Potline Bomber of Innisfree - Report by Paul Strickland
The Potline Bomber of Innisfree - Report by Paul Strickland
The Potline Bomber of Innisfree, written by Josh Massey, a journalist from Terrace, BC was published by Book Thug of Toronto. His launch was held at Books and Co in Prince George and is available for $21.
He also spoke to CNC students in English 204 (Canadian Poetry) about his writing strategies and offered advice for prospective young writers.
"When you're working on a major project, you have to write every day," he told students.
“Anyone wanting to write for publication has to be aware of the influence of great writers. My dad would read Jack London out loud when I was growing up."
“Also a new writer must expect criticism and be able to deal with it. A developing writer has to have a thick skin," said Massey, a holder of a Master of Arts degree from UNBC. "Ultimately people admire you for it."
Massey was introduced to the class by Graham Pearce, CNC creative writing instructor.
"Josh is a working writer," Pearce said. "To be professionally identified as writer means something. As a reporter for The Terrace Standard, he has won journalistic prizes."
'The Plotline Bomber of Innisfree' is set, with some science-fiction elements, in the future (the late 2030s) and centres on Jeffrey Inkster, a former hipster who has become an elk rancher in what is recognizably the Peace Country of British Columbia. The plot builds on rumours of eco-terrorism and the excessive response of governments and the petroleum and pipeline industries, and a sense of foreboding grows.
Petroleum and pipeline companies' monitoring efforts include the use of a satellite scan called Pipewatch. But pipeline scanning isn’t enough security so the petroleum industry and allied governments hire 10,000 pipeline observers to help with the job. For the affected local population, "there are no paths, no future" and the tensions build in the novel.
"The germ of the novel came out of my forestry work experiences, but I use imagination as much as possible," Massey explained. The idea for his book first formulated in his mind in 2010 or 2011 while he was still living in Prince George and involved with research for a thesis project. At first he thought the book "should be a super-long prose poem.”
"Although I wanted to tell about my experiences, I set it in the future….I created a fictional future."
Massey said that, in the book, provinces' and cities' names were changed. B.C. became PC Columbia, Alberta became Cowberta and Vancouver, Cancougar, where everything, including wildlife, is overly processed.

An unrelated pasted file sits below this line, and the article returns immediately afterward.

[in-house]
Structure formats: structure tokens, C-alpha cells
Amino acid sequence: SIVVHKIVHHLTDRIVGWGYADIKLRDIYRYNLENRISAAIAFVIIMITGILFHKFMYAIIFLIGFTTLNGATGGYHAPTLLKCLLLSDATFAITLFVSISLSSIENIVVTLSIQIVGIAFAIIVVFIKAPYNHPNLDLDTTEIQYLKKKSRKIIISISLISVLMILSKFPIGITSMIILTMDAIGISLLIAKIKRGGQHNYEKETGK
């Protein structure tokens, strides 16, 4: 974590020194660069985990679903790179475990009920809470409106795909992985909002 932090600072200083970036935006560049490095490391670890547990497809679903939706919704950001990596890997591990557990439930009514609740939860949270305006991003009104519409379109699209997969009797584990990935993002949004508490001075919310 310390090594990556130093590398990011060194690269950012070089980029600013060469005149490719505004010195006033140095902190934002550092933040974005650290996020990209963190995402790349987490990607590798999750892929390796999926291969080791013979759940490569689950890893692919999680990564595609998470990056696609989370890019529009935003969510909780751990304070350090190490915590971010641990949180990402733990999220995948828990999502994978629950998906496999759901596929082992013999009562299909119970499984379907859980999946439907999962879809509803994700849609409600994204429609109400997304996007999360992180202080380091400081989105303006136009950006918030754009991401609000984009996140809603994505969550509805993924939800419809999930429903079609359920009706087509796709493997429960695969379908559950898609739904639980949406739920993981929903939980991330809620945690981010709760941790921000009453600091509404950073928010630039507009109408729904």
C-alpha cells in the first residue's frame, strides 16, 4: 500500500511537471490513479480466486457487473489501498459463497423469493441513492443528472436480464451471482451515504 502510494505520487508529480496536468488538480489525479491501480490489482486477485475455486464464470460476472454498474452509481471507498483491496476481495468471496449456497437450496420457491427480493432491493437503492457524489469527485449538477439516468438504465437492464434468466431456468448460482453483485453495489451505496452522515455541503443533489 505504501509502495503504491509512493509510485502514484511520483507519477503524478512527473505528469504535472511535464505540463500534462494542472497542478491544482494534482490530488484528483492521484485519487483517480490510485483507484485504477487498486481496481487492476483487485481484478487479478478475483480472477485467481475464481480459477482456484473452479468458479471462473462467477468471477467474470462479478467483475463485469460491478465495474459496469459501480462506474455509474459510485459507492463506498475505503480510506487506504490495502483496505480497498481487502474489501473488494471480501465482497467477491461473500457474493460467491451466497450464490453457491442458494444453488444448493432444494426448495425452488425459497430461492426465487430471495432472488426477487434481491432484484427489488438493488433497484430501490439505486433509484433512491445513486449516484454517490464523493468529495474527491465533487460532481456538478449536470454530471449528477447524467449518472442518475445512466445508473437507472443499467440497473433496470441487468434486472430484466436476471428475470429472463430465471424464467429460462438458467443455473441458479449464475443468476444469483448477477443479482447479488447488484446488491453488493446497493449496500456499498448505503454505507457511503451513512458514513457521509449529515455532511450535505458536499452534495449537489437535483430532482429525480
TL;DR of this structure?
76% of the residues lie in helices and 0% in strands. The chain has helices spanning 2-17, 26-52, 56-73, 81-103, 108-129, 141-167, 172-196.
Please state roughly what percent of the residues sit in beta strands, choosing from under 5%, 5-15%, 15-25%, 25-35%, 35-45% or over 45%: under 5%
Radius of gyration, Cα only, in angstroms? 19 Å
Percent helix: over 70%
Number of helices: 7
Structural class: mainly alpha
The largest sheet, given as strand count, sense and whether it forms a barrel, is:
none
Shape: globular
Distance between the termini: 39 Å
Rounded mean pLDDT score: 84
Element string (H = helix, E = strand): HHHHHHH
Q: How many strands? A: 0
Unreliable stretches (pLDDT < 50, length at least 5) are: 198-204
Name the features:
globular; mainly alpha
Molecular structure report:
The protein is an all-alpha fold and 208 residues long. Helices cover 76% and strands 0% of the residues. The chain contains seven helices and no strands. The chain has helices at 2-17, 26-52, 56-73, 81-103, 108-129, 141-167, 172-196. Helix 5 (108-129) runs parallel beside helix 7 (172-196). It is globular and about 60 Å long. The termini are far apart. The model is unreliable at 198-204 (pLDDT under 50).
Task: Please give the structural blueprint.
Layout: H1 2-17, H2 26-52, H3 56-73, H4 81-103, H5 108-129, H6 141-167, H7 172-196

"It is an idea-driven book," he said.
A dissident young man anonymously posts leaflets that warn that even national park boundaries are not enough to stop a proposed pipeline is central to the plot, and these leaflets draw the attention of the authorities. "Elk die of poison gas, or so it seems."
The novel has three main strands: a traditional story in the first person, blog posts and news articles in a journalistic style, and prose poetry. "I'm a poet, too, and I wanted to use some of that."
Massey spoke for about 25 minutes. During a question-and-answer session, CNC instructor Dennis Schreiner said the novel, at some points seemed disconnected. Massey answered that the prose-poem segments are from the point of view of the pipeline bomber, who is an anti-hero.
"Eco-terrorism in this context is psychotic.”
Schreiner asked whether Massey had been influenced by Edward Abbey's environmental protest novel, The Monkey Wrench Gang.
"I read some of that," he replied. “And 'The Dukes of Hazzard' also influenced me.”
When asked, Massey agreed that the late nineteenth- and early twentieth-century English novelist Joseph Conrad had also influenced him.
Pearce wanted to know if the novel was a warning that the seeds of destruction have been sown.
"It's a primal scream of people in a world on the verge of environmental collapse," Massey agreed.
"Was it cathartic to write?" Pearce asked.
"My dark vision is out there," Massey said. "I no longer have control over it. People can respond to it however they want."
Massey said the book had been reviewed six times in urban media.
Paul Strickland -- in his 28 years as full-time journalist and 6.5 years as a free-lance journalist, has worked for newspapers in Nevada, Medicine Hat and Prince George. Besides being an investigative reporter, he is a poet, a short story writer and an essayist. He currently resides in Prince George.
He has recently contributed to UNBC's Over the Edge, to CNC’s The Confluence and occasionally to the Prince George Astronomical Society's Pegasus newsletter. Paul also wrote a bi-weekly column for the P G Free Press and continues to freelance for electronic sites such as chickenbustales.com and www.dooneyscafe.com